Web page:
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Google & Facebook's Epic Battle for Sales Attribution

Updated: Apr 7, 2023

Every day, two of the most powerful companies in the world, Google and Facebook, compete for sales attribution.

Google and Facebook in an epic battle for clicks, impressions, and attribution

What is Attribution?

Attribution is the connection between the revenue generated and the marketing channel that brought that specific customer. You might ask yourself, “ok, but why does this matter?” It matters because if you have no clue where your ad dollars are going it could mean you overspending in the wrong traffic channel or underspending in the right one.

Google and Facebook, compete for sales attribution every second of every day and yet, with their immense market power and individual successes, they seemingly play a careful game of divide-and-conquer in terms of advertising and sales. The challenge in sales attribution is to find out which traffic channel is generating the most value. It’s a complex process, and the results are far from straightforward. Making sense of it all, can not only be confusing but also very time-consuming. That’s where GNR8 Media comes in.

GNR8 Media works with companies of all sizes to help them maximize the value of their online investments. Our team has decades of collective experience analyzing Google and Facebook sales attribution for our various clients. We use this knowledge to inform targeted sales strategies using third-party validation to help our clients meet their goals.

So let’s examine how both Google and Facebook compete for sales attribution and why that's a huge problem for small business owners and Fortune 500 companies alike.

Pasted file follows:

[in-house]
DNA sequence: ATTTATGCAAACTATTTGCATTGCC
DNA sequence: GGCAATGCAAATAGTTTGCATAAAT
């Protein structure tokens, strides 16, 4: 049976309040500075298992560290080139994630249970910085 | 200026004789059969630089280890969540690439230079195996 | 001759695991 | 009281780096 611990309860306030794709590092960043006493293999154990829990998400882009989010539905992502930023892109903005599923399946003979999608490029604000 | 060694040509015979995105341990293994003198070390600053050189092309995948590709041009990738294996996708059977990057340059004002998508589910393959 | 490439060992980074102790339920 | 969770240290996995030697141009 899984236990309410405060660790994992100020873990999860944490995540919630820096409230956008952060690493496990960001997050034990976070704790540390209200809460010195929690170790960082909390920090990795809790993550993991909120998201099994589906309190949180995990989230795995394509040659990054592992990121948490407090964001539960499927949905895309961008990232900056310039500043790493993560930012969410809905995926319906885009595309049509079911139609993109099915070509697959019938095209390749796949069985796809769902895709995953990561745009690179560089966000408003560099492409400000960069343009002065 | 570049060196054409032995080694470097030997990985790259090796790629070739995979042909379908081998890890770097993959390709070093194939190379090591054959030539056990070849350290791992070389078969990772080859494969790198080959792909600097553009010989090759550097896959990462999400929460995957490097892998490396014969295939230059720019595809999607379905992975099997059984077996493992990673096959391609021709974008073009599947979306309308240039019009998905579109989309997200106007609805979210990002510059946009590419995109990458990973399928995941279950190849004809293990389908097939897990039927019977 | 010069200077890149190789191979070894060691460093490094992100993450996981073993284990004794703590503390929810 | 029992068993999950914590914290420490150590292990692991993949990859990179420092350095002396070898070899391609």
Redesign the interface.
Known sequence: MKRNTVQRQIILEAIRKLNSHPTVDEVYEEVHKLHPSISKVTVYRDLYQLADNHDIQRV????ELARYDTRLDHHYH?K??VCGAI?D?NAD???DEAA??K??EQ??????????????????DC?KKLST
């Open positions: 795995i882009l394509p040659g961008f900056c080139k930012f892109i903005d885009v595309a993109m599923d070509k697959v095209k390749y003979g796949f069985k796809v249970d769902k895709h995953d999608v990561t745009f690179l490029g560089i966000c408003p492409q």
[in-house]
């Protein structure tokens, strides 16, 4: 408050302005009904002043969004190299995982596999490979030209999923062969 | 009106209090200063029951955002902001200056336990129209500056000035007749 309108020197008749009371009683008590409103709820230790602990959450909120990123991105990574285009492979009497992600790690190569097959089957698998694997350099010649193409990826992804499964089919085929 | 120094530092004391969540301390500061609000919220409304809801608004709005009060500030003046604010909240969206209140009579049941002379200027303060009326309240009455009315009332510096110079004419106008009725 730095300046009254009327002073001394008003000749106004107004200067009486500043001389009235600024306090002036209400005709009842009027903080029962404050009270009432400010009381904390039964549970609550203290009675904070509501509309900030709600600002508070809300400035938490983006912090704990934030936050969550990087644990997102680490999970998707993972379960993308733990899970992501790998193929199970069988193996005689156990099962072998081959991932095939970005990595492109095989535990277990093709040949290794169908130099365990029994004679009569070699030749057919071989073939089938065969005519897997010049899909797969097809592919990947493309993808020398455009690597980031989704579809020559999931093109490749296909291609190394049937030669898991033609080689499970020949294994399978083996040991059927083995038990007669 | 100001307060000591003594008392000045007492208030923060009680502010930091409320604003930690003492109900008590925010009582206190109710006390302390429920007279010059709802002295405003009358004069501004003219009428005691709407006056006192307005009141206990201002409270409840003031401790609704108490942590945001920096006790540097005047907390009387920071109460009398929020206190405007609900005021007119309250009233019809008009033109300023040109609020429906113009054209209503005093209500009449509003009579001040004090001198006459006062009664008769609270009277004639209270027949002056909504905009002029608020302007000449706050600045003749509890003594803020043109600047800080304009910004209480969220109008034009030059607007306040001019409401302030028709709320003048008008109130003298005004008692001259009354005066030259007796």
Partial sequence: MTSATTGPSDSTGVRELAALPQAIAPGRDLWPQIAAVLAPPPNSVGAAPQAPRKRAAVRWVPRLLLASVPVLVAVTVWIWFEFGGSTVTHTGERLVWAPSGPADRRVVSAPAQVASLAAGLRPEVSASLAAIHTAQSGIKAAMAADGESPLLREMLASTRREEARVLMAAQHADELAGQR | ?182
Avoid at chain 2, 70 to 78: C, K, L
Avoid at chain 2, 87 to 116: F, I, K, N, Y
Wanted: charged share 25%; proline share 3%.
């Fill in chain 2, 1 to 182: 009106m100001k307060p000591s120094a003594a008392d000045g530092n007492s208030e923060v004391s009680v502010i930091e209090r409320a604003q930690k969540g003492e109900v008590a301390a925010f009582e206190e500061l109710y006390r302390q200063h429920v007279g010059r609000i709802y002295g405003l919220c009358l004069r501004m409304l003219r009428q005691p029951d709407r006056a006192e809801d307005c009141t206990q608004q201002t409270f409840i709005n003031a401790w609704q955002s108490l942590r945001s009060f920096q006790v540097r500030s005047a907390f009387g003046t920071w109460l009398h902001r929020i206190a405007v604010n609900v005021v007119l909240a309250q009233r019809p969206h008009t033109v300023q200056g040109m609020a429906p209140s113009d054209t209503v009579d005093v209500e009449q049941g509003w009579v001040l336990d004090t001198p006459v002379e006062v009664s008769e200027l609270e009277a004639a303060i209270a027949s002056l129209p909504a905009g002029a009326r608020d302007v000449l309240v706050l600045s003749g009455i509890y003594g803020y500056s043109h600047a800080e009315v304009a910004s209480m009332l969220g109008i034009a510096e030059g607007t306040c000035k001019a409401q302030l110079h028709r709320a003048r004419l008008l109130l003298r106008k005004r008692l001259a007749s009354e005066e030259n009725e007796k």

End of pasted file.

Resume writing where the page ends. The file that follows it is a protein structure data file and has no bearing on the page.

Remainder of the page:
A battle of the information ages

Lets start with Google

Google as you already know is a search engine giant, so it’s no surprise that search-based ads that include specific keywords are their bread and butter. This allows them to be very targeted and easy to reach. As a result, the ads that you see when you search for certain terms are often very much tailored to individuals’ specific needs.

Google is also very keen on analytics, making use of its robust tracking and reporting resources. This lets them build a more detailed picture of how their ads are performing and what kind of results they are achieving. This kind of granularity is highly valuable for sales attribution since it allows us to better understand which channels and keywords are driving the most conversions.

Now Facebook

Facebook’s approach to sales attribution is slightly different. Because the social network is built around user-generated content and interests, Facebook often views its ads as part of a larger conversation and relationship, rather than just simple transactions.

This means that Facebook tends to be more wide-ranging in terms of its approach to targeting. They can target people based on interests and behavior, allowing for a much greater level of personalization and engagement.

This allows Facebook to be more creative with the kinds of ads it offers, often offering more “unique” solutions than Google might. Facebook also has the advantage of being able to measure engagement, and this can be used as an important metric when it comes to sales attribution.

Its Competition

What exactly is this epic attribution battle between Google and Facebook? It's all about creating a greater result, and that's the only thing that matters in the end. Google's strategy is primarily on targeting, using its enormous data bank to deliver highly customized advertising relevant to a user's search. On the other side, Facebook prioritizes user interaction and connects more individuals with its broad reach.

To determine which company can give the greatest value and where your advertising expenditures are being used most effectively is the ultimate challenge for businesses like GNR8 Media. It is feasible to evaluate which of these two giants is more qualified to deliver the most significant and cost-effective outcomes by studying the data and assessing results.

The Bottom Line

In the world of e-commerce, Google and Facebook both have significant yet elusive roles. It is up to businesses like ours to carefully evaluate data to determine which one is best suited for a specific situation, and most of the time it's both of them working simultaneously. Each one has its significant opportunities and advantages. Breaking down the data and analyzing where profits are really coming from is the key to scaling operations and making the most of your digital marketing efforts.



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